or… That’s a load of Latin.

“There is thus a will to live without rejecting anything of life, which is the virtue I honor most in this world.”

― Albert Camus, The Myth of Sisyphus

I’ve been carrying a moment of self-consciousness since I read the galleys for my most recent book. (Not that recent, I’m afraid). The translator wrote an essay on how he experienced my development as a writer. He labeled the (then) new work as “late period”.

It was a little like reading my own obituary (flattering as it was). And I feared it would trip me up. And it has.

I wrote Friday that nothing has to try to grow. And today I’m thinking that trying to grow is counter-productive. It’s the tennis player suddenly thinking about her strong backhand, and losing it in the analysis.

I can’t speak for others, but I believe art is created through a practice of wu-wei: art as process and experience, not as product and commodity. And this kind of practice is such a far cry from the zeitgeist of knowing one’s passion/calling/brand.

I spent so many years studying craft. Only to find that my best writing is without craft.

Every time I begin to analyse my process, it stops – usually in a cloud of self-consciousness and shame. A woman once commented on my blog after I had begun writing again: “I was wondering where that woman went who wrote letters to her friends.”

I’ve missed writing letters. I’ve missed the easy, unconscious flow of observing and sharing. Each poem a dharma talk, each reader the sangha.

That’s a bit lofty, I know.

This is my letter to the World

That never wrote to Me—

The simple News that Nature told—

With tender Majesty […]

(pull quote formatting centers the text – not my choice and not likely that of Emily Dickinson)

Maybe tennis isn’t the best metaphor to choose. I don’t want to approach writing a competitive sport. When I was younger, an older lover told me not to work so hard. Still, it was years later I realized that sex could be experiential, not performative. I think of the realization as a gift from this aging body: a strange kind of selfless self-centeredness. A koan.

Maybe I’m learning only now that this experiential aspect is also true in terms of art. In terms of all things. I think of it as a gift from the immediacy of the life and death of the world, as it comes closer into view.

I find often that poems I think to throw out are the ones people like best. Poems where I’ve felt I fell short in terms of craft. The metaphors people say speak to them are usually the metaphors I didn’t choose: it was just me questioning, pointing at something I noticed.

I’ve been listening to Stephen Batchelor’s The Art of Solitude. He talks about asking questions, without seeking answers.

This is my new ars poetica.

I feel ridiculously self-conscious talking about writer’s block. I am one of those people who believes that all present tense descriptors only relate to the moment as it passes: not the future. And that the past is “history” and not something one can cling to in the present. Though I know we all do that for comfort sometimes.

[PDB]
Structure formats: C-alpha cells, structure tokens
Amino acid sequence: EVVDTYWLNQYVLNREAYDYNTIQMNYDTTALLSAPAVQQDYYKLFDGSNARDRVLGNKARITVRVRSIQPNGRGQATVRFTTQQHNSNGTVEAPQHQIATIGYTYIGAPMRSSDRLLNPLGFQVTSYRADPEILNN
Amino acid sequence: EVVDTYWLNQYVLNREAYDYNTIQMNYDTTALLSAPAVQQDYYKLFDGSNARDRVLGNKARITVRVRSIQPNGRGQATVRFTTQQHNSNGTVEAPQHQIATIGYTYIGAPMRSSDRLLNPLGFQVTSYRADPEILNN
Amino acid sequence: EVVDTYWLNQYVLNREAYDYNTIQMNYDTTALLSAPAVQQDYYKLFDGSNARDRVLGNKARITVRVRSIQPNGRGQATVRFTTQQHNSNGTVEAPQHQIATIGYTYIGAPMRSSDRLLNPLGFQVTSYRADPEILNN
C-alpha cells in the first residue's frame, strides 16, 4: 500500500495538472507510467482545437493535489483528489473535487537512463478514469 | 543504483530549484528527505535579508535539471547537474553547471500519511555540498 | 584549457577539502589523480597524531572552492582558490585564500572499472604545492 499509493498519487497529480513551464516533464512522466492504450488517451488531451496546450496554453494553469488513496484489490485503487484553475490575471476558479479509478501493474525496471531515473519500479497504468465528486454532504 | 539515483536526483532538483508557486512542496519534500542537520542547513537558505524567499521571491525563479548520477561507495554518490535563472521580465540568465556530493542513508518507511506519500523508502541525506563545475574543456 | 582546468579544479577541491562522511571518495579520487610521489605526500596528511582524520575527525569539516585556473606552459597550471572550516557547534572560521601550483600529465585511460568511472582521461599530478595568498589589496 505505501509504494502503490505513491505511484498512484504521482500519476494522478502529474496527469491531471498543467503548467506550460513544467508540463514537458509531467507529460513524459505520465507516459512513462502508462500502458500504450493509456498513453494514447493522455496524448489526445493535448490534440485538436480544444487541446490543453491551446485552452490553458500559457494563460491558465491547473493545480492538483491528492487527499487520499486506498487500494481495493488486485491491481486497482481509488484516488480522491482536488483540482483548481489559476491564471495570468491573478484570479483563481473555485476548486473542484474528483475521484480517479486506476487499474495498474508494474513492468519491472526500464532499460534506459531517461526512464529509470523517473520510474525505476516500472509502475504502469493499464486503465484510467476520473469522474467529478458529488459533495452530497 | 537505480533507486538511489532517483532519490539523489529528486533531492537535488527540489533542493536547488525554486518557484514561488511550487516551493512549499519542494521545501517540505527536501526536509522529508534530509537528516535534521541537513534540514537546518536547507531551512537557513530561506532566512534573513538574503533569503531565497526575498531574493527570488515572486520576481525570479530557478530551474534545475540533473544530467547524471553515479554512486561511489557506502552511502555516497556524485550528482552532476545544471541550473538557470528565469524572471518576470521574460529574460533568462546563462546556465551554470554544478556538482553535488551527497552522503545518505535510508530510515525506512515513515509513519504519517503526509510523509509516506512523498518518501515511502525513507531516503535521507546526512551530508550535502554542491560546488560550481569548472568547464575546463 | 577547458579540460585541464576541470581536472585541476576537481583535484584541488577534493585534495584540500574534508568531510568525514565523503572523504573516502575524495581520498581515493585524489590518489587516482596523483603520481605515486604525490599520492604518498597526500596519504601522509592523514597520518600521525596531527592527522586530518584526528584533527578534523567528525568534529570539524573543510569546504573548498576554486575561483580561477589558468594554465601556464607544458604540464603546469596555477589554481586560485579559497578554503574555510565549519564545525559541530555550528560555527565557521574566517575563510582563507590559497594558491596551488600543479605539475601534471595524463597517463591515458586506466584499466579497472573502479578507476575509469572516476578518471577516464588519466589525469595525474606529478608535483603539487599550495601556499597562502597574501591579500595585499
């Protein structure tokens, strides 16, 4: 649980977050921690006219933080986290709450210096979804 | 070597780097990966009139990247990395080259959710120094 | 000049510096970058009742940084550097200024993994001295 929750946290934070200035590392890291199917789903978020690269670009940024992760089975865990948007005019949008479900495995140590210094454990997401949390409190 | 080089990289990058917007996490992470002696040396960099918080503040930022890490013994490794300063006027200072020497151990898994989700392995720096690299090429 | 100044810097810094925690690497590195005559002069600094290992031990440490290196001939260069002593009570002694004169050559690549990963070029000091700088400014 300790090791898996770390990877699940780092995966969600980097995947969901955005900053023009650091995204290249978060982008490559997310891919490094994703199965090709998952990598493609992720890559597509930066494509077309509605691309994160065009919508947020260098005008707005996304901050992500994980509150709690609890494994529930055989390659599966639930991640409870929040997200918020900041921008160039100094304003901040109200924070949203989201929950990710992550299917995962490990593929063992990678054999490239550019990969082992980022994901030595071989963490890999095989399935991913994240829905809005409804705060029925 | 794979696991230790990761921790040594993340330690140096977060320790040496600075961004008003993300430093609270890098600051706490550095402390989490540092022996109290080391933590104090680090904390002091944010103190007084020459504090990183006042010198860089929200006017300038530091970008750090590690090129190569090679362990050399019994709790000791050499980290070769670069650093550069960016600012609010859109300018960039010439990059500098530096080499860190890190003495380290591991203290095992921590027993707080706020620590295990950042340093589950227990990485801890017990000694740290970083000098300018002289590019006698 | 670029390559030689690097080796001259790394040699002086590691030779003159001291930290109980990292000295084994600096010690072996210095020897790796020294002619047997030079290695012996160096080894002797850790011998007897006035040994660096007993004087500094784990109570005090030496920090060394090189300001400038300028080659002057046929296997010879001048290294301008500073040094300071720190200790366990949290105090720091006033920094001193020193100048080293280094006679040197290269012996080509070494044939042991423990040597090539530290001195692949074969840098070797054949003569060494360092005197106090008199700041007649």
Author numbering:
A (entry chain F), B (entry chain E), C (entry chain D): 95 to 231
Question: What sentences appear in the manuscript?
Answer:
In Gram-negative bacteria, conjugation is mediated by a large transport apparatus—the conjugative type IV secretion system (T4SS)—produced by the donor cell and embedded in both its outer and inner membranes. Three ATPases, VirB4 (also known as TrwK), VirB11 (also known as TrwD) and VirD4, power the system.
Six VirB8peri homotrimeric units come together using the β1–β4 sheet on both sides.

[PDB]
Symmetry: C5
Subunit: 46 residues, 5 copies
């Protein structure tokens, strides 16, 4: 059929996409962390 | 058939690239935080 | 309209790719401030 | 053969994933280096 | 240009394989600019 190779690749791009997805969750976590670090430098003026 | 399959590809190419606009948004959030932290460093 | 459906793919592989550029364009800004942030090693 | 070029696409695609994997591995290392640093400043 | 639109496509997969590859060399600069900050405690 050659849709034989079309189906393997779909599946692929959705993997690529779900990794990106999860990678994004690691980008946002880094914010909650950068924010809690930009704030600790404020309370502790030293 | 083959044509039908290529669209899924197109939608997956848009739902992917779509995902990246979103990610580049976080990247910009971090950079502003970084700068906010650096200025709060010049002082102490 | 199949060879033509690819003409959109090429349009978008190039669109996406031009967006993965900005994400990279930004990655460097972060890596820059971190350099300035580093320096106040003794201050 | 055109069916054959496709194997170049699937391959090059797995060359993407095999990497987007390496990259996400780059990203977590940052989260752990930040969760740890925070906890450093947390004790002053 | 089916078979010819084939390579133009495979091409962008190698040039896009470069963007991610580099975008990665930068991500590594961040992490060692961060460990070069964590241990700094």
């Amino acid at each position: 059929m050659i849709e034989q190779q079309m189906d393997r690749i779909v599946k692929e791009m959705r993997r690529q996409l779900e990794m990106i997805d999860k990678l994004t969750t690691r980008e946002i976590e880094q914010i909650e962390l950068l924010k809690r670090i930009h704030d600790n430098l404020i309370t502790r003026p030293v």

And sometimes I think “writer’s block” sounds like a humble-brag.

I took enough Spanish in college to remember that there are two verbs used when describing people. You can say: soy feliz or you can say estoy feliz, “I am a happy person” or “I am a happy person in this moment – as the words escaped my mouth”.

The correct way to say, “I am a writer” is soy escritora. But I can’t bring myself to say that if I’m not writing. In these pauses between books, between journal-keeping, between poems; what am I?

I try to tell myself I am not “a what”… Still: what am I dong with my life?

A few years ago I named the problem: the oxpecker who sits on my shoulder and pecks at my brain. My writing practice has always come in seasons, and always with varying production. But the drive to write never left me entirely until three years ago. It’s bound up somehow emotionally with the day E. and I were running on the beach and I just couldn’t seem to find the energy. I wasn’t “tired” or “fatigued”, it was a feeling I’d never experienced before. It was as though I just couldn’t get the engine to turn over, to catch hold and run.

I kept telling E. that something was wrong, but it was nothing I could point to. Until my leg turned purple the next day, and I was hospitalized with deep vein thrombosis.

My body is healed, but the shock having walked around for 51 years, ignorant that I’ve had a weird congenital defect seems to have broken my confidence in so many other ways. And when I sit down in my little library to write, I feel that same sense that something is wrong. That tiny fear of not being good enough – of needing reassurance – has grown and animated itself as this bird that pecks at the wound in my mind. I would say that it feels like my life in on pause, but I see myself growing older. Time is passing.

Yesterday a good friend asked me to join her at a “share your practice” session at one of the local arts centers. A young dancer was going to hold a workshop. It was so much fun. She lead us through a kind of guided meditation dance, and through a series of exercises with gesture work, and partner work with abstracting gestures. I am not a dancer. In fact, I don’t think that I can ever be a performer again really, but her instructions kept me focused and in the moment so the oxpecker was also distracted from her own goal: to protect my ego at all costs.

When the workshop was finished the dancers decided to do a half-hour jam. No rules. No distractions. The oxpecker returned to pick at my wounds. We have a phrase in drama pedagogy: rules as tools. Now I am thinking: rules as distraction.

Now how can I apply that kind distraction to my writing practice?